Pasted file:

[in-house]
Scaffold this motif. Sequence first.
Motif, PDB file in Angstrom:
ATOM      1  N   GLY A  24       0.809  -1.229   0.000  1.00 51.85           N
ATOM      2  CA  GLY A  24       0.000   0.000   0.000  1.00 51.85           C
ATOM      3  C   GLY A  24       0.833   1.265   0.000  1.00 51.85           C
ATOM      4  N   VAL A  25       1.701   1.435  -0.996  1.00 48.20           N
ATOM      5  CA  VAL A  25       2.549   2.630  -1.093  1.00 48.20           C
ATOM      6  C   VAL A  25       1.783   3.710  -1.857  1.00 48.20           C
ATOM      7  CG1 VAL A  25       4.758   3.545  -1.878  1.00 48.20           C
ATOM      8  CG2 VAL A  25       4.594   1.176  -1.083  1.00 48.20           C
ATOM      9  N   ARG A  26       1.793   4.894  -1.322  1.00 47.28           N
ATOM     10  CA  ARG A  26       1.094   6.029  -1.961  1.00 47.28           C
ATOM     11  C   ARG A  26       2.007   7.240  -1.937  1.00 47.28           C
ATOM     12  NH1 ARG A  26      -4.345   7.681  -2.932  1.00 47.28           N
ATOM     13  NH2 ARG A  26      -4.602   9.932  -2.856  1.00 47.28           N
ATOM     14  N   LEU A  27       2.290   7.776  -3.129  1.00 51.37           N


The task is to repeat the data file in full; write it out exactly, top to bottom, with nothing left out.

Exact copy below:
[in-house]
Scaffold this motif. Sequence first.
Motif, PDB file in Angstrom:
ATOM      1  N   GLY A  24       0.809  -1.229   0.000  1.00 51.85           N
ATOM      2  CA  GLY A  24       0.000   0.000   0.000  1.00 51.85           C
ATOM      3  C   GLY A  24       0.833   1.265   0.000  1.00 51.85           C
ATOM      4  N   VAL A  25       1.701   1.435  -0.996  1.00 48.20           N
ATOM      5  CA  VAL A  25       2.549   2.630  -1.093  1.00 48.20           C
ATOM      6  C   VAL A  25       1.783   3.710  -1.857  1.00 48.20           C
ATOM      7  CG1 VAL A  25       4.758   3.545  -1.878  1.00 48.20           C
ATOM      8  CG2 VAL A  25       4.594   1.176  -1.083  1.00 48.20           C
ATOM      9  N   ARG A  26       1.793   4.894  -1.322  1.00 47.28           N
ATOM     10  CA  ARG A  26       1.094   6.029  -1.961  1.00 47.28           C
ATOM     11  C   ARG A  26       2.007   7.240  -1.937  1.00 47.28           C
ATOM     12  NH1 ARG A  26      -4.345   7.681  -2.932  1.00 47.28           N
ATOM     13  NH2 ARG A  26      -4.602   9.932  -2.856  1.00 47.28           N
ATOM     14  N   LEU A  27       2.290   7.776  -3.129  1.00 51.37           N